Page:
Progressions

Teaching material in a sequence that makes sense is first and foremost a matter of planning your curriculum, but you can also use it to lead people to more complex moves. Go back to the basics of a movement if the students struggle with it and rebuild it from the foundation. In many cases, they did not yet master the previous motions you taught them.

Handouts and Teaching Material

Sadly, this one is not very widespread in the dance scene world. You can really support the progress of your interested students when you provide material that helps them to dive deeper into the matter. This can be additional background information, self-made video tutorials to remind them about the technique, links to tutorials from others, or documentaries. You can also provide videos of dancers that excel in certain areas that you covered in your classes. Make it easy for them to dig deep and go far with research if they are willing to.

Homework

Give them something to do or think about in between classes. You can’t force them to do it, but those who are willing to learn will do it and therefore progress faster.

Rhythm Exercises

Have some exercises ready that help them understand how music works. These can be taken from music theory, body percussion, or they can be created with simple dance steps.

Notes

Take notes. You, the teacher, not the students. They can do it as well, of course. Write down what you did in class, so you know what repeat next time. Write down if some students had issues with a specific topic and get back to it to help them out. Notes help to stay on track with everything, keep an overview of what you did in which in class and give you an excellent tool to evaluate the progress of the course.

The following point was not on my initial list, because I did not consider them as tools but Focus from the B-Boy Dojo made me reconsider, so I add them here now. Thx man.

History & Stories

The history of the dance you teach as well as stories and anecdotes from your own dance life or people you know are outstanding tools to keep your students motivated. When told in an inspiring way that the listener can relate to, it will make them wanna jump back to practice immediately.

The history of the dance is, of course, something you should teach as well and not only use it as a tool for teaching dance. But as it comes in with that double function, it works as the swiss-army-knife in your toolbox.

These are my most used tools for teaching dance, and of course, there are many more of them. Let me know which ones you use and if there are any basic ones that I missed.

If you want to see some of those in action, I teach a breaking class at Streetdance Center Salzburg, together with my colleague Gü.

How to decide which material goes into the finished piece?

How to decide which scenes to keep in your piece?

Creating a stage performance is an individual process. Every artist has his own way of doing it. But there is one guiding principle that will transform our creation from an unsorted puzzle into a finished piece that makes sense. Making sense to be taken with a grain of salt as it is in the eye of the beholder.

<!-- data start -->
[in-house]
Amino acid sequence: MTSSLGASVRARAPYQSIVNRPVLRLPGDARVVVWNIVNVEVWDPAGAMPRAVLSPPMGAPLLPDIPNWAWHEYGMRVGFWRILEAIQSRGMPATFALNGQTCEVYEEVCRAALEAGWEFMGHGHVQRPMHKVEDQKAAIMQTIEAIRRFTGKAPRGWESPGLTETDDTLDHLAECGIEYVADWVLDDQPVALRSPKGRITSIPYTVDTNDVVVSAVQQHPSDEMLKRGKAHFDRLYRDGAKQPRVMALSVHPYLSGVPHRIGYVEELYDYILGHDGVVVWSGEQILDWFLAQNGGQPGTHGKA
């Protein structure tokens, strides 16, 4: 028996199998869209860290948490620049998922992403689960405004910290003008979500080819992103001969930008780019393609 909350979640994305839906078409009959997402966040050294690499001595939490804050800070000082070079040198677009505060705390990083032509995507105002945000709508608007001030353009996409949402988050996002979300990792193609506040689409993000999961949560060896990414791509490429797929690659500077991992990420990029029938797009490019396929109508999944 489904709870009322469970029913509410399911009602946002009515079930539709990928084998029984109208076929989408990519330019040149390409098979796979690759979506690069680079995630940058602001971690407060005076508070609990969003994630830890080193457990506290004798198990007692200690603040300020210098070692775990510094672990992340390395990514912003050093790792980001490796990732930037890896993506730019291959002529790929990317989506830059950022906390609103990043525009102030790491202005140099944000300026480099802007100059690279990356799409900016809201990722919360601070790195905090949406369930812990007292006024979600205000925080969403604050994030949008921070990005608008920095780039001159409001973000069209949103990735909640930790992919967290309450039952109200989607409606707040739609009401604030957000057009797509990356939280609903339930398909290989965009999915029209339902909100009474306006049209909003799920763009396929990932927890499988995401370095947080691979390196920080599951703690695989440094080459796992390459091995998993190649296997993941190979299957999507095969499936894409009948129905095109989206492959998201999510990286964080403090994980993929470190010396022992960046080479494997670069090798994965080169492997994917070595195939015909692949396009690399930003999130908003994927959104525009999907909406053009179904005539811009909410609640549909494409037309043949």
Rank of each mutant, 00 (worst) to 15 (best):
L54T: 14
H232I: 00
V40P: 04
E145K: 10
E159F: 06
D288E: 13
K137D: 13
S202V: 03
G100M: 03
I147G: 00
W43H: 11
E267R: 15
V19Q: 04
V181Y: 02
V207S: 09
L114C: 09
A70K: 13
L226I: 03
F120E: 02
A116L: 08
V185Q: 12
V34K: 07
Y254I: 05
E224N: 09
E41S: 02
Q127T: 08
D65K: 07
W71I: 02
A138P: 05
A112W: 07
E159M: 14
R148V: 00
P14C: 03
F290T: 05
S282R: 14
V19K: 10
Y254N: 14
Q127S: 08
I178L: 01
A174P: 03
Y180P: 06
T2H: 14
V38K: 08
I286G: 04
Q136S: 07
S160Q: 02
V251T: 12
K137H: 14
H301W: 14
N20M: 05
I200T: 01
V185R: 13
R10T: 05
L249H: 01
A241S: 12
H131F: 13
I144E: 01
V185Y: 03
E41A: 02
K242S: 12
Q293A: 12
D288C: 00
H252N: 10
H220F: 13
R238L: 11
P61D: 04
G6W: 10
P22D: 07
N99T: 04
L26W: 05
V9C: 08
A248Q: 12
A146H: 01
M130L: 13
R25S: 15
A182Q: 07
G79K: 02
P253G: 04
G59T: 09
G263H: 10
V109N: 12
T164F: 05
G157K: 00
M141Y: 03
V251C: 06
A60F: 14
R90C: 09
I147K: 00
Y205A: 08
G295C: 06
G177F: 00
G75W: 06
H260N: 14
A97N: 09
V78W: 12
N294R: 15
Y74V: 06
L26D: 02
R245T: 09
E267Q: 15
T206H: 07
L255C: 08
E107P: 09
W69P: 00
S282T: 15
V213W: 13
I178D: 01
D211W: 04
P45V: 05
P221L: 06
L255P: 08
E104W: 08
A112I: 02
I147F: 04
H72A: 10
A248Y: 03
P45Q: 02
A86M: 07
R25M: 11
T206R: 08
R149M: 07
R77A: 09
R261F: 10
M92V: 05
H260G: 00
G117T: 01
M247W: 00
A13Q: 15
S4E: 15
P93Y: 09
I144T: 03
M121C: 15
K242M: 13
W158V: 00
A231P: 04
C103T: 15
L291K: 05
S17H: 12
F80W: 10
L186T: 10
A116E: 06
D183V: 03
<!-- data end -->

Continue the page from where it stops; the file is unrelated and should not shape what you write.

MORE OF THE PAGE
The basic structure and its implications

One thing is sure: our piece has a beginning and an ending. In between, things are happening. Sometimes a lot of things, sometimes almost nothing. But those things in between are what messes up a lot of works, that started with brilliant ideas.

It’s easy to disregard the importance of this middle part, as the first impression and the last image you remember from a piece are defining moments. But it is this middle, that makes the difference between a persuasive speech and meaningless babble.

Only keep things that make sense in the context of the piece

Every scene in your piece should be necessary to bring you from the beginning of your piece to the end. It needs to change something. It can either be an action that alters the state of our world or introduce new information that makes our viewers understand. If a scene does not change anything that brings us closer to the end or gives us new insights, it needs to go. 

To call this shot, it is important to know what you want to achieve with the production.

Removing scenes can be hard because we fell in love with them during the process. I recommend putting them into your treasure chest of ideas. Maybe you can build another piece around them, another time.

Let me close with an example: Our short piece is about a young lady that is an unhealthy relationship with a boyfriend. Throughout the piece, she understands that he will not change and decides she is better of alone and therefore ends the relationship.

Her being at work on her laptop is a necessary scene when she talks to a colleague who helps her to come to a conclusion or when she meets someone better for her. It is not required if we show off that we can use tutting to visualize the work with laptops and tablets.

All of this would change when the piece would be about showing what you can do with tutting, but that was not the goal in the example.